Happy Loans, a fast-growing digital microlending venture announced the disbursement of 4000 micro loans worth INR 10 crore (USD 1.7 million) within six months of launch. With borrowers in 167 cities and 25 states, Happy Loans partners with merchant acquirers, money transfer networks and other partners to offer instant, short-term business loans for small enterprises (SMEs). Happy Loans has successfully partnered with MSwipe, EKO, Itzcash, Payworld, Ongo, InstantPay, Wapo, Farmart and others, creating a total addressable base of over one million SMEs.
Happy Loans enables on-tap borrowing for underserved small merchants through an easy and completely paperless process. Offering loans as small as INR 2000 (USD 30) and for as short as 30 days, Happy Loans helps merchants meet short term cash flow mismatches without drawing on savings or existing capital. Customers can access funds right from their phone, with options such as flexible tenure and daily repayment to reduce the burden of a lump sum repayment.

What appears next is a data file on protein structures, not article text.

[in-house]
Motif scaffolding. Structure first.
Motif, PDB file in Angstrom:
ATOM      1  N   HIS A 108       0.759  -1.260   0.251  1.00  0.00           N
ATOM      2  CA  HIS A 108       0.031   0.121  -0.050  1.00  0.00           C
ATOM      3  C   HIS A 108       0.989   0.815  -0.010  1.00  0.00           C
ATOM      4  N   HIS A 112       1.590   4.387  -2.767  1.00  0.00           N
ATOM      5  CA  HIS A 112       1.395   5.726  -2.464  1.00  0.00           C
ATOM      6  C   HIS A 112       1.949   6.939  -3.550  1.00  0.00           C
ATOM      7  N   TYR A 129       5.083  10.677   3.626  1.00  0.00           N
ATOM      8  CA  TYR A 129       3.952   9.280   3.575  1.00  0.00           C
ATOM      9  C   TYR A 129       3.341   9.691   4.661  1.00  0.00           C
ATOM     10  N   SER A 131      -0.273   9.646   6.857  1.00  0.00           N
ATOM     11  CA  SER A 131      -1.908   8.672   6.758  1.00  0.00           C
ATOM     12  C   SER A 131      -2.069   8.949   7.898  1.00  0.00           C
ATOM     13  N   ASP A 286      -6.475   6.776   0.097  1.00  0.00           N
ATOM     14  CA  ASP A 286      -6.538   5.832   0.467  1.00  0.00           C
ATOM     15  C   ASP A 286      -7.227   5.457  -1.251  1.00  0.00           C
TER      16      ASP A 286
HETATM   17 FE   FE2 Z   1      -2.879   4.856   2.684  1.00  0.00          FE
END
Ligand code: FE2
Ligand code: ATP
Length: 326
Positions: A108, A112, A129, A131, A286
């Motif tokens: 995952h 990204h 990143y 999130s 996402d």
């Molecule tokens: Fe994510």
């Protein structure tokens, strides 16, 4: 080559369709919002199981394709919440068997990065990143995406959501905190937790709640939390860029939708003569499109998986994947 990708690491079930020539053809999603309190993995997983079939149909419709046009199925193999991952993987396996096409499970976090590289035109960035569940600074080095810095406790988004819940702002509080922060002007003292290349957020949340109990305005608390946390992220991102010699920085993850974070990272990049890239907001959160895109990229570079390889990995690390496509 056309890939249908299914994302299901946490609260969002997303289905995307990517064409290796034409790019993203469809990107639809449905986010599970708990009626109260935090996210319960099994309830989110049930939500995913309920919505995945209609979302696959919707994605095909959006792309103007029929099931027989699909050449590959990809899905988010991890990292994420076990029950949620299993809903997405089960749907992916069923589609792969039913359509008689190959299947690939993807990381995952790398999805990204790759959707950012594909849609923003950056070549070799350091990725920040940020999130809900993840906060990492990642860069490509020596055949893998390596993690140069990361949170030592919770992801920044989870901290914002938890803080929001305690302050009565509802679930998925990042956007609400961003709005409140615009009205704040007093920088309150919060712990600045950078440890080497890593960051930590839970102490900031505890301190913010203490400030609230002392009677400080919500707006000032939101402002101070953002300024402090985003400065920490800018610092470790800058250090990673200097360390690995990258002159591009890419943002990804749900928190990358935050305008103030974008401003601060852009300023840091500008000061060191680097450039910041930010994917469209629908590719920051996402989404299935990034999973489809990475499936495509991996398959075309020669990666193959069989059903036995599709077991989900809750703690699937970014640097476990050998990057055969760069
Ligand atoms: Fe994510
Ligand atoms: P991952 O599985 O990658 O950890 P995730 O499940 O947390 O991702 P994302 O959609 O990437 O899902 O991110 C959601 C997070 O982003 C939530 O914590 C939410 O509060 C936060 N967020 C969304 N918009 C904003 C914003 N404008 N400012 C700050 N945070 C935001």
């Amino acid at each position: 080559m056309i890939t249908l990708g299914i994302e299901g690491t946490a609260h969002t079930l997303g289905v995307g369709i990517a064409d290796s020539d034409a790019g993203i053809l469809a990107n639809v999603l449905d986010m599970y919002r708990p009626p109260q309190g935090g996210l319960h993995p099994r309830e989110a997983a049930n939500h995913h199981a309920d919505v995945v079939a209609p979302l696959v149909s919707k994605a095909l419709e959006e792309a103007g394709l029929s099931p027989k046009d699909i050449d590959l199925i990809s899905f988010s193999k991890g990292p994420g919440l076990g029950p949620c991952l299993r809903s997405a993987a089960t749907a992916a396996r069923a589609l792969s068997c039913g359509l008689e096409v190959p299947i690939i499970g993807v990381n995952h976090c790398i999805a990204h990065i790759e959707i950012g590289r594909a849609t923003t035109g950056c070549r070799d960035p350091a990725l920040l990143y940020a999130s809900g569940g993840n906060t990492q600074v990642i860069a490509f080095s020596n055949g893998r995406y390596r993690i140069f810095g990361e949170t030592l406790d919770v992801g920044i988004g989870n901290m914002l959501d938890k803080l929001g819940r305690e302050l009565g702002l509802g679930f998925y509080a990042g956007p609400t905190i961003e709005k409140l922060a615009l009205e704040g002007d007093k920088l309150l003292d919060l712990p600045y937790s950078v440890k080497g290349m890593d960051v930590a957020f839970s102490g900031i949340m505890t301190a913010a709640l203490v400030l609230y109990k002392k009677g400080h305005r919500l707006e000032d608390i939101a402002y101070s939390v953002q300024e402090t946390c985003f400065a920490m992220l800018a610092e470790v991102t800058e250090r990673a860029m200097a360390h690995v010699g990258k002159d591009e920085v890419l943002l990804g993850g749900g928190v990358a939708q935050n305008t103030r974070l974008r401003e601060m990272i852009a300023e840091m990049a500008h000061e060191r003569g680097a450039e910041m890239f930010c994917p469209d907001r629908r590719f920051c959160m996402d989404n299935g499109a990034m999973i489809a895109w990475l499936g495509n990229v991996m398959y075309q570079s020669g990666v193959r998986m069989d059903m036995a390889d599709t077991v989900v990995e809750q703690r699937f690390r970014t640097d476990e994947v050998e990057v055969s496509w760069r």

Commenting on the success of Happy Loans, Manish Khera, Co-founder and CEO, said, “We’ve built a model to give our customers a Happy borrowing experience, unlike traditional methods that require visits to branches, extensive documentation, and signing endless forms. We’ve seen very strong uptake of our loans and with the support of current and upcoming partners, we aim to achieve the INR 100 crore (USD 15 million) disbursement mark and a prospect base of over 5.5 million merchants by FY 18.”
“Moreover, we are working with both machine learning and blockchain technologies -- emerging pillars of the new banking paradigm -- to offer a Happy experience to our customers.”
Part of the ArthImpact group, Happy Loans was founded by Manish Khera and Gautam Ivatury, recognized pioneers with decades of experience in digital finance. Happy Loans leverages technology to create a new-age, fairer way of banking – fun, accessible by all, and available anytime and anywhere. The company’s loans for India’s 50 million-plus small merchants are less costly and more reliable than informal borrowing.